Digital Dimdima
-By Jayanthi Mahalingam
The Kaveri in Mythology
The Kaveri in Kodagu
Meet the Kodavas
The first Tributary
The Kaveri Enters Mysore
An Ancient Dam
Visweswaraya's Dream
A Dream Fulfilled
Mysore's Guardian Angel
In Tipu's Domain
The Great Temples
The Shifting Sands
Sand Covered Temples
Shivasamudram
The Goat's Leap
The Kaveri in Tamil Nadu
The Last Island
An Outpouring of Music
The Temple Trail
Journey's End

 

Shivasamudram

About 25 km north of Talakadu, the Kaveri forms the second major island on its course - Shivasamudram. A tributary named Shimsha joins the Kaveri here. The temple to Ranganatha or Vishnu is called Madhyaranga. The densely-forested island, which is 4.8 km long and 1.2 km wide, can be reached from the mainland by the 474-m-long Lushington Bridge, an arched stone bridge which is more than 150 years old. The Kaveri encircles the island, the two branches of the river plunging down a height of about a hundred metres. The western branch of the river tumbles down a gorge from a height of 90 m (the Gagana Chukki) and the eastern branch has a descent of 69 m (Bhara Chukki). The Kaveri Falls, as the two cataracts are known, are situated amidst a lush, verdant landscape which makes it an enchanting spot for picnickers and tourists alike.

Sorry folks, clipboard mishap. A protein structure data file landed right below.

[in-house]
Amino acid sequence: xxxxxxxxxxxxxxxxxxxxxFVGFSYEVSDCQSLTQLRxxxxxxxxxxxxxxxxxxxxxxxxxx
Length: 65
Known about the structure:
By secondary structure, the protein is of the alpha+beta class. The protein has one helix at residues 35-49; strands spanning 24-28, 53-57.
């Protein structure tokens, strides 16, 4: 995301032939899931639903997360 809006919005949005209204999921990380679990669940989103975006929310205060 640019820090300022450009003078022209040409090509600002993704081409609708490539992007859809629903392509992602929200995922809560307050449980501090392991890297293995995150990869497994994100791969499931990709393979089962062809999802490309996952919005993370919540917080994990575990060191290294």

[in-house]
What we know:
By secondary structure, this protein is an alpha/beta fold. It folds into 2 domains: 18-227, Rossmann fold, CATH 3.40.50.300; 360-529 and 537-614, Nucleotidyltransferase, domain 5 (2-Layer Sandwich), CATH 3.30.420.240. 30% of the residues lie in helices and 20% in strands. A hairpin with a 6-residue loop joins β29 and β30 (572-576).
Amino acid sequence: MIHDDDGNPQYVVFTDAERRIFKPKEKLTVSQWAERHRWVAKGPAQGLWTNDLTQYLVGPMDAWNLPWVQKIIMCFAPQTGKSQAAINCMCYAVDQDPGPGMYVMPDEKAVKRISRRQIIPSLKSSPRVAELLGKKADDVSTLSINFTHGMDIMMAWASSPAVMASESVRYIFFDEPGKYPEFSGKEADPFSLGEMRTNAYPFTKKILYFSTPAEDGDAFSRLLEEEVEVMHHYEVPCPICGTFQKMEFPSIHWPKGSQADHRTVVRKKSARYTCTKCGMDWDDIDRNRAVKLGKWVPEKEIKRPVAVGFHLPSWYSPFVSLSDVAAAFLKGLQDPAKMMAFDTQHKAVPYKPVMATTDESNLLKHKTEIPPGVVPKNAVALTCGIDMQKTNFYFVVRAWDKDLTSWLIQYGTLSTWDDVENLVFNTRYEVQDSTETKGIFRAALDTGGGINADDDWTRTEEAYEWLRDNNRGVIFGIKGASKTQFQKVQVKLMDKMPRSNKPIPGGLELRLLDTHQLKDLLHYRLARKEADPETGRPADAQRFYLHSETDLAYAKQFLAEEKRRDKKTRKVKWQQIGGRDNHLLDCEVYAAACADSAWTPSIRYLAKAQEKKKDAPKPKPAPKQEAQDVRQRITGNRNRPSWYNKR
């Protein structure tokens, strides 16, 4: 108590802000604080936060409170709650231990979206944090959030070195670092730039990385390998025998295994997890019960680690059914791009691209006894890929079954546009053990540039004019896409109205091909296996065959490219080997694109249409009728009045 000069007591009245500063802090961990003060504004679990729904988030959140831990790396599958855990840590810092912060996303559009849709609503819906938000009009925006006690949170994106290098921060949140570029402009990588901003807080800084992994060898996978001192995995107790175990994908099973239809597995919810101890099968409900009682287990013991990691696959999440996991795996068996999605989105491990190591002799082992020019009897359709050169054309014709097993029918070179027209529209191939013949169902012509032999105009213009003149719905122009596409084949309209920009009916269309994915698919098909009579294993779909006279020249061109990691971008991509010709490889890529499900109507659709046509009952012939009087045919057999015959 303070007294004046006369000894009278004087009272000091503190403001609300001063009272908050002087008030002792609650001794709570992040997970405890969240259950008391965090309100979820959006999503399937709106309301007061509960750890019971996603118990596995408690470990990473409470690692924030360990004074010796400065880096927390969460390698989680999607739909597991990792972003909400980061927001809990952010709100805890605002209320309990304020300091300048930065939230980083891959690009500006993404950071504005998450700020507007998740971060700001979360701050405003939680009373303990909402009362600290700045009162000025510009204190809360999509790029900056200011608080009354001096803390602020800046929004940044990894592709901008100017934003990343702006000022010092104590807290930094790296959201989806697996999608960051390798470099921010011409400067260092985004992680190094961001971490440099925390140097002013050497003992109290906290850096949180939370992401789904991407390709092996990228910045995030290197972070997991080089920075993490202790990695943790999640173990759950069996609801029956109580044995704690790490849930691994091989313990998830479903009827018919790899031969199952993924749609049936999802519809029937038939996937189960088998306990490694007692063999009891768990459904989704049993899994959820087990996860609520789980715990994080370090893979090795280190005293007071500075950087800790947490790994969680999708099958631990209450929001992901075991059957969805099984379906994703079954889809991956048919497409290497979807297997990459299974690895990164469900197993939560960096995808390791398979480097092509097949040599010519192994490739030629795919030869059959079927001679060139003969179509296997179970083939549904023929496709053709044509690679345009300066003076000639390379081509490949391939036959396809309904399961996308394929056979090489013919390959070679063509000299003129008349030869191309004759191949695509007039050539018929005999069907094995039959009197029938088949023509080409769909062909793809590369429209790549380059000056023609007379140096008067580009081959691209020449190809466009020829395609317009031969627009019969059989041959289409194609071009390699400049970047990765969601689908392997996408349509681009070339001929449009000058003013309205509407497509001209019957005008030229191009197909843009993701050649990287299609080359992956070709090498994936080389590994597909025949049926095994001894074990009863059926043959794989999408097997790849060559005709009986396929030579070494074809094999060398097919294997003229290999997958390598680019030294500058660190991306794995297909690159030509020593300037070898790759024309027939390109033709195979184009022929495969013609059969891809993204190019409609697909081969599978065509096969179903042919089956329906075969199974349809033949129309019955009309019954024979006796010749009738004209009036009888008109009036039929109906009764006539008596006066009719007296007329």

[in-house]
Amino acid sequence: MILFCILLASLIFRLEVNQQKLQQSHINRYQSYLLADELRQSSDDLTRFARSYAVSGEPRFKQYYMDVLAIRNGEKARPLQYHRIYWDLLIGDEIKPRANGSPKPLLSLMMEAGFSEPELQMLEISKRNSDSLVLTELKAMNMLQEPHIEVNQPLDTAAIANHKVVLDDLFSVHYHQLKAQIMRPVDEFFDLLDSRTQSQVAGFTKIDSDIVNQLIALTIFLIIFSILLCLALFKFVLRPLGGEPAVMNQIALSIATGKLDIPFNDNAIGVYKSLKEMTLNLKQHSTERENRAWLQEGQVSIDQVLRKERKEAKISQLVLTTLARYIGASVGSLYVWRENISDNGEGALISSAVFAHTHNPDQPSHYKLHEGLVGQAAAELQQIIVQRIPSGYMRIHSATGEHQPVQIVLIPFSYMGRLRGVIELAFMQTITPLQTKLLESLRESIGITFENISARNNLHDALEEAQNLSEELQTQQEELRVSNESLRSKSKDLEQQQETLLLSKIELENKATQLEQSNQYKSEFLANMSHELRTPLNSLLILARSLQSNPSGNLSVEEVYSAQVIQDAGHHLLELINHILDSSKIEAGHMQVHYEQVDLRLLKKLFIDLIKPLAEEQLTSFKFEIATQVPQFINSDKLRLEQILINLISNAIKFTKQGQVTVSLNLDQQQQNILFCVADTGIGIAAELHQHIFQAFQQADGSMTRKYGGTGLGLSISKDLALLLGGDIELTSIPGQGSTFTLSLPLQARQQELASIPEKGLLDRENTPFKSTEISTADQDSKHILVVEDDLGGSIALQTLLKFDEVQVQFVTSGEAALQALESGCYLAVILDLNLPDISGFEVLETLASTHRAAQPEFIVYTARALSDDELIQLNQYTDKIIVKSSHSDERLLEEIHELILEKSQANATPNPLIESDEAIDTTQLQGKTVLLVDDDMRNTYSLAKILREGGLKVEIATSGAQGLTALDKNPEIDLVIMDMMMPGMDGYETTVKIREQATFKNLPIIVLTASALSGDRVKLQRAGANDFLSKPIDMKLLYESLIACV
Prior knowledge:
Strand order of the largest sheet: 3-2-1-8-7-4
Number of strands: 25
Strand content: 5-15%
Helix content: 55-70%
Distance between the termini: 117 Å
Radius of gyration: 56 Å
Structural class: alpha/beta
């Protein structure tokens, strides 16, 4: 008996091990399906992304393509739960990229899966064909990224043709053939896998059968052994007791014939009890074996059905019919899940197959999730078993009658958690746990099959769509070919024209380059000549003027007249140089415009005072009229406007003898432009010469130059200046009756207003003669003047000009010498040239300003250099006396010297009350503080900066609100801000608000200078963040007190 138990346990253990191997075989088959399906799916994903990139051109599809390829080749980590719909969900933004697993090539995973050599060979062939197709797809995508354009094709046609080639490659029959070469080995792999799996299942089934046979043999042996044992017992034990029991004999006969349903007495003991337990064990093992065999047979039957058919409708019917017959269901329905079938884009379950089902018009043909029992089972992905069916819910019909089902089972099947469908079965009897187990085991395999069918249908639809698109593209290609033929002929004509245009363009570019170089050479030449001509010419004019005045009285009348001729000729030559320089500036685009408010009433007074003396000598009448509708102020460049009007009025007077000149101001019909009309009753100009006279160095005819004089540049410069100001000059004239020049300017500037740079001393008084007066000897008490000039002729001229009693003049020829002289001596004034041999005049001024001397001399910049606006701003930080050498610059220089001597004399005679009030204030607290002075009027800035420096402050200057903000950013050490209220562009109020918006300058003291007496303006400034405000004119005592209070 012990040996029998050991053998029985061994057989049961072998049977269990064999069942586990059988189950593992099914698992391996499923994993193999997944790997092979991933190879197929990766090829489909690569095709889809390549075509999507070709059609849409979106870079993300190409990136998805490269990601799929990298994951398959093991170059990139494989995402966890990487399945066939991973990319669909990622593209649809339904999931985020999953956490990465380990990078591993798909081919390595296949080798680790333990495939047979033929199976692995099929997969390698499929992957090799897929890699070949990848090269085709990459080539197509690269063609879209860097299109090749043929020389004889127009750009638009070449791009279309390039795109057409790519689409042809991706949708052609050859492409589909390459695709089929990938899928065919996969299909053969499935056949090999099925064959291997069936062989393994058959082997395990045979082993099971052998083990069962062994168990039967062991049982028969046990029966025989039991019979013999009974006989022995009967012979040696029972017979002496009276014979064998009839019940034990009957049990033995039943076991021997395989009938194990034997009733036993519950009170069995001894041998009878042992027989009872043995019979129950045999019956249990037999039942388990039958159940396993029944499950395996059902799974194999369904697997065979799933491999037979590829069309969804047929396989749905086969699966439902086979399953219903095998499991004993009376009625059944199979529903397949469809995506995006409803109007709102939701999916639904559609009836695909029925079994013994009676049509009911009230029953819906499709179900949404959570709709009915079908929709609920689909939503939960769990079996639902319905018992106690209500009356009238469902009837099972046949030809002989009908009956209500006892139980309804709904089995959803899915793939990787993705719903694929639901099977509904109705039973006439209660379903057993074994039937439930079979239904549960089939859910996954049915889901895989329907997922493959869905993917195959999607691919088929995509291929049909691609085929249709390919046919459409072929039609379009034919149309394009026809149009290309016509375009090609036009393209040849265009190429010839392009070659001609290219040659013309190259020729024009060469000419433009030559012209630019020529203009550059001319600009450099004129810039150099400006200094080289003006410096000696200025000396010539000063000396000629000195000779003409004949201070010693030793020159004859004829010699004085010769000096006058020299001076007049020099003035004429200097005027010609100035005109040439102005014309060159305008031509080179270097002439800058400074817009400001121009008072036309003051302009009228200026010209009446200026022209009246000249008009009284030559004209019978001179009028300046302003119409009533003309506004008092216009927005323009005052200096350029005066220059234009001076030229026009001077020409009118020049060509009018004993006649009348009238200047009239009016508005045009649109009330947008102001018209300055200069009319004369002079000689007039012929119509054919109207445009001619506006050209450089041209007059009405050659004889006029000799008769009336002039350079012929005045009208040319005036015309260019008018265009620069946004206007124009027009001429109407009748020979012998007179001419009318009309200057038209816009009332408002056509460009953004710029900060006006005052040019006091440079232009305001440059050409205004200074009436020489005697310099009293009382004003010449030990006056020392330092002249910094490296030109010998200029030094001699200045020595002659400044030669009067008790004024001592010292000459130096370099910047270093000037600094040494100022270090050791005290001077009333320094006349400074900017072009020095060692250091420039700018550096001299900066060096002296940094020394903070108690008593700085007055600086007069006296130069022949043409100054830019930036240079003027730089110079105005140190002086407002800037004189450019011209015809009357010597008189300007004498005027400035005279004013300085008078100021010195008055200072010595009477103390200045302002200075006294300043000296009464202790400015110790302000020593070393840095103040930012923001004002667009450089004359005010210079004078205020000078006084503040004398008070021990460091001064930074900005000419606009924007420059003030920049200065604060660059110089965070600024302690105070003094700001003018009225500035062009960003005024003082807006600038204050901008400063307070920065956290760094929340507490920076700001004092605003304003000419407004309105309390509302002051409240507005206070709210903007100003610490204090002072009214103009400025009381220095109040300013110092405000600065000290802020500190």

Shivasamudram holds the distinction of being the site of India's first hydro-electric power station built in 1902. It was set up mainly to supply power to the Kolar goldmines 147 km away, making the 78 kv transmission line the longest in the world at the time. In fact, when the Mettur dam in Tamil Nadu was being constructed in the 1930's , the power was supplied from Shivasamudram. The place where the power station is located is called the 'Bluff', literally meaning a cliff with a broad, perpendicular face. The 135-m high bluff was ideal for laying the hydraulic pipes feeding the turbines in the generator. The station itself is named after K.Seshadri Iyer, the Dewan of Mysore from 1883-1901, during whose tenure the hydel project was implemented. The total capacity of Shivasamudram is 42,000 kw. Visitors can travel a dizzying 435 m down in a trolley and see the the working of the station.
The grandeur of the Gagana Chukki falls can be best viewed from behind the tomb or dargah of the Muslim savant Peer Haibe, which glistens like a jewel in the lap of green around it. The Shimsha hydel station is also visible from here. The two arms of the Kaveri unite once more at Sathegala in the north-east.


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